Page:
Since publication of the 1986 Carnegie Commission report, A Nation Prepared: Teachers for the 21st Century, the professional teaching standards movement has gained noticeable momentum. The professional standards movement in teaching has been fueled by national organizations such as the National Council for Accreditation of Teacher Education, the Interstate New Teachers Assessment and Support Consortium, the National Board for Professional Teaching Standards, the National Commission on Teaching and America's Future, and by close collaboration among these four entities. Further, nearly all (...) of the fifty states are embracing the professional standards movement through formal participation in the work of one or more of these organizations. Although the professional standards movement in teaching is strong and growing stronger, its implications are not clear for instructional programs in social foundations of education, either at the teacher preparation or the advanced graduate levels. In response to the standards movement, social foundations educators have a number of options before them, three of which are to (1) largely ignore these developments, as "this too shall pass"; (2) critically interpret and resist these developments through scholarship and collective professional action, as social foundations scholars did with Competency Based Teacher Education in the 1970s; and (3) critically interpret these developments while working to strengthen the potential of the professional teaching standards movement to achieve its stated goal of providing caring and qualified teachers for every classroom in the nation. Of these three options, the last is most advisable, but it presents a considerable challenge to social foundations educators. Although the absence of social foundations skills, perspectives, and understanding should make it very difficult for teacher candidates and teachers to perform well on standards-based teaching assessments, there is no guarantee that these assessments will hold candidates accountable for social foundations learning. Implications for social foundations educators and activists are significant. (shrink)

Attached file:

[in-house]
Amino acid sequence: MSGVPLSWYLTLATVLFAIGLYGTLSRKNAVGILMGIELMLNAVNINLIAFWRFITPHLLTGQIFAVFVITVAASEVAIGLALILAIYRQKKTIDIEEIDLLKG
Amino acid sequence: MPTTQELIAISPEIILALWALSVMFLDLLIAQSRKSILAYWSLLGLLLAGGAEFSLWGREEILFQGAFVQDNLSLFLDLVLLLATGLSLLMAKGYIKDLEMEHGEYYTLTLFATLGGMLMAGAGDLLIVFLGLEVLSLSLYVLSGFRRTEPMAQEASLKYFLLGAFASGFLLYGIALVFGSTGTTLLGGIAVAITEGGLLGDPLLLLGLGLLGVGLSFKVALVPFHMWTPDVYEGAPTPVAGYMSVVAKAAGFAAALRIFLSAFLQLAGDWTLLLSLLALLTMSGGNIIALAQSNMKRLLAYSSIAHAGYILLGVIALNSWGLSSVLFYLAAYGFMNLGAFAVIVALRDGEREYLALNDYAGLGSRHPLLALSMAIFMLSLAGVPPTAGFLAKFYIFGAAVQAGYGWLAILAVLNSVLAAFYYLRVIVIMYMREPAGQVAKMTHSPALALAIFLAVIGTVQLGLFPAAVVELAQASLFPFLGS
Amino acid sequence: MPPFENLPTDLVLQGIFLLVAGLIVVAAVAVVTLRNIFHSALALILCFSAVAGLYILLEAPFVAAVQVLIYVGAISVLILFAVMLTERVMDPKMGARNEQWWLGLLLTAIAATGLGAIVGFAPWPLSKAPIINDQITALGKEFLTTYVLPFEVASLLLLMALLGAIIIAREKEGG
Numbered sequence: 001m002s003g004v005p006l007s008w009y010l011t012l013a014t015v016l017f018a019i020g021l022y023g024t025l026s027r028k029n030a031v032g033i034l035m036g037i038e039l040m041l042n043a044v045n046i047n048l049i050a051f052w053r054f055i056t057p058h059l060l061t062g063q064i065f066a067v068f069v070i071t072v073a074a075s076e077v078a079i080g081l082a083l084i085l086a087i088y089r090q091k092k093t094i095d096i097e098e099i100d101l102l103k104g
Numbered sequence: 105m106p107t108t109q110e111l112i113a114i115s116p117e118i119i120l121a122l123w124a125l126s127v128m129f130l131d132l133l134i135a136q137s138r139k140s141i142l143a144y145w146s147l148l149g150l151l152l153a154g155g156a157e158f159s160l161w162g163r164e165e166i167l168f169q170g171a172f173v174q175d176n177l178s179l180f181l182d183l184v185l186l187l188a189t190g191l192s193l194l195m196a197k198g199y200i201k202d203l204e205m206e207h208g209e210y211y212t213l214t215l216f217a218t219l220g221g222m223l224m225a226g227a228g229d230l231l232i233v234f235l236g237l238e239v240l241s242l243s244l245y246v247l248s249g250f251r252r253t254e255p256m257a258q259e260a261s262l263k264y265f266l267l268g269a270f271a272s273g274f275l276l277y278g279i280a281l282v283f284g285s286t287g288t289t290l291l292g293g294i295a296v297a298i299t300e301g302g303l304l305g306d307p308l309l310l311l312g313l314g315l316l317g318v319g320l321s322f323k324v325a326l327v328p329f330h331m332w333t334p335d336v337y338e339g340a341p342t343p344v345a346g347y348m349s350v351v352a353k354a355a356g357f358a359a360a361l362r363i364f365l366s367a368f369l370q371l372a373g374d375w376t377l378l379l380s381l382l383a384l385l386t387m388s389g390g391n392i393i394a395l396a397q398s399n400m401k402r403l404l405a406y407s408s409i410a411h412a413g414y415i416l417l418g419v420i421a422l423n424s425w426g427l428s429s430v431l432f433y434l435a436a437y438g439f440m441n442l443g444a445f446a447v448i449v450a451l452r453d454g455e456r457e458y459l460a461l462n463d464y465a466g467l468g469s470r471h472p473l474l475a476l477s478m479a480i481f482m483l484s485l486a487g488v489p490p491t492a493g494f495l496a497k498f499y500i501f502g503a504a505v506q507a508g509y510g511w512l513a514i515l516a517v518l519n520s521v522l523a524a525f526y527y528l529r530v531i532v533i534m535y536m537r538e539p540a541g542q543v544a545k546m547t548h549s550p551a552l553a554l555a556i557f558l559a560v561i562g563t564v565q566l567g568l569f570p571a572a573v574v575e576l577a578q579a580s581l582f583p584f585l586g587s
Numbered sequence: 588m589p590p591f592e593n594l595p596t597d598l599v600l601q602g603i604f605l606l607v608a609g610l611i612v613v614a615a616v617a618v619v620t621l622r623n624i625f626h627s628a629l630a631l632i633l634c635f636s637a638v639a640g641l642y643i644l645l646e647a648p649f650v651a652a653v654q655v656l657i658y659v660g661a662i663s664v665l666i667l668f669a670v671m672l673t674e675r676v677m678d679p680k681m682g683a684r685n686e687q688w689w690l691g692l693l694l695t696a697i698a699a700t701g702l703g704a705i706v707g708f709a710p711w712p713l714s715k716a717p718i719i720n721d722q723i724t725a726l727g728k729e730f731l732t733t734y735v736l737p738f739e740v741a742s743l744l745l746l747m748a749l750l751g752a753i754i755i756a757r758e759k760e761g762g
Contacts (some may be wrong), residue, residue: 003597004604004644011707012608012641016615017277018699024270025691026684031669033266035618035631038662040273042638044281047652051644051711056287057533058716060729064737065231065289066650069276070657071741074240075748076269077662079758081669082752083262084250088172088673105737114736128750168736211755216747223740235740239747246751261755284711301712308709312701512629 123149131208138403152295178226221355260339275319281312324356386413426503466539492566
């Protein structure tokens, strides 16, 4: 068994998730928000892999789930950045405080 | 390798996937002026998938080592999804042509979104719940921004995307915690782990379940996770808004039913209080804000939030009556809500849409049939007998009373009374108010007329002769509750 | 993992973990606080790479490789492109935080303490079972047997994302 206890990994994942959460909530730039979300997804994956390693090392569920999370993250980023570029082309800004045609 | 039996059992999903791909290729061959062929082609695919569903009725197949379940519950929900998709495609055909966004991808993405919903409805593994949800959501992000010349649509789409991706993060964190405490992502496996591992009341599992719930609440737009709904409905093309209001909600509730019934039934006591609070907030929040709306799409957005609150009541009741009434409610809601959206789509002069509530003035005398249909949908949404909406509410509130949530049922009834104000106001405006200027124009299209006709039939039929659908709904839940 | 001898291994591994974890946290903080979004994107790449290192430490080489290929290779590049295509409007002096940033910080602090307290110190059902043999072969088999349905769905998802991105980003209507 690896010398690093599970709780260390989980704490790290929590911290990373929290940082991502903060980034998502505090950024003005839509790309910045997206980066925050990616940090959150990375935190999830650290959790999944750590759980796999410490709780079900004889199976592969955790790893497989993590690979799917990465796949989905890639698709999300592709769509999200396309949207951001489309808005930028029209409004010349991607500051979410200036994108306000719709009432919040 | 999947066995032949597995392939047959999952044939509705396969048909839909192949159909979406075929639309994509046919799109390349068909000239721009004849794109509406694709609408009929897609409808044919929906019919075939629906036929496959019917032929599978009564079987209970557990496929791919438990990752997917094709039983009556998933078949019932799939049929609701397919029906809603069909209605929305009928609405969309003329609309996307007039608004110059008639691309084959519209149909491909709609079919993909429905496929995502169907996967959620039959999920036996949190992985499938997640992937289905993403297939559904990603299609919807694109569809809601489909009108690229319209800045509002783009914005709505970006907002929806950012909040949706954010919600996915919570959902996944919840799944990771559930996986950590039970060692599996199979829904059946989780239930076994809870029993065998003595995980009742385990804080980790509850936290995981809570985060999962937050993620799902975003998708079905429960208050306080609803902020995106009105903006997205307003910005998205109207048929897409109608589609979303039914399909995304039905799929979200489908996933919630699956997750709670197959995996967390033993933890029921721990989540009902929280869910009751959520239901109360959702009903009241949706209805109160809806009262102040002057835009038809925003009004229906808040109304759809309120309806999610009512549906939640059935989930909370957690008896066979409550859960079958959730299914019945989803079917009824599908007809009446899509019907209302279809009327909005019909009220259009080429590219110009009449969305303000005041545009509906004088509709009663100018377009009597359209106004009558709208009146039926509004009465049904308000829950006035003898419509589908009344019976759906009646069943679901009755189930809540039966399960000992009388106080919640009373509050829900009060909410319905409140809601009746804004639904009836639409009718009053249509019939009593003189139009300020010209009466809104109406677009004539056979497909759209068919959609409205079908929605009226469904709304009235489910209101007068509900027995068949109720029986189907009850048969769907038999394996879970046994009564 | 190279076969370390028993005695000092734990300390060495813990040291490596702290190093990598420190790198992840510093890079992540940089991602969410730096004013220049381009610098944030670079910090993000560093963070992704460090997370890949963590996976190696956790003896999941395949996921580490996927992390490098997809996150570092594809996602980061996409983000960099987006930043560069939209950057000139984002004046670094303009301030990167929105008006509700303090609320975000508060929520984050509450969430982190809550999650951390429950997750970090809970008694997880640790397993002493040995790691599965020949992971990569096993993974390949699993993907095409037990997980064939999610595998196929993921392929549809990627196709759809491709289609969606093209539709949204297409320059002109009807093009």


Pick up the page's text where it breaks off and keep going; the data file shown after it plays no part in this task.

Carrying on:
The current paper provides readers some clarifications on the nature and goals of mass media campaigns designed to promote organ donation. These clarifications were necessitated by an earlier essay by Rady et al. (Med Health Care Philos 15:229–241, 2012) who present erroneous claims that media promotion campaigns in this health context represent propaganda that seek to misrepresent the transplantation process. Information is also provided on the nature and relative power of media campaigns in organ donation promotion.
This book is a rich blend of analyses by leading experts from various cultures and disciplines. A compact introduction to a complex field, it illustrates biotechnology's profound impact upon the environment and society. Moreover, it underscores the vital relevance of cultural values. This book empowers readers to more critically assess biotechnology's value and effectiveness within both specific cultural and global contexts.
This survey of the symposium papers argues that the problem of data mining should be of interest to both practicing econometricians and specialists in economic methodology. After summarizing some of the main points to arise in the symposium, it draws on recent work in the philosophy of science to point to parallels between data mining and practices engaged in routinely by experimental scientists. These suggest that data mining might be seen in a more positive light than conventional doubts about it (...) imply. (shrink)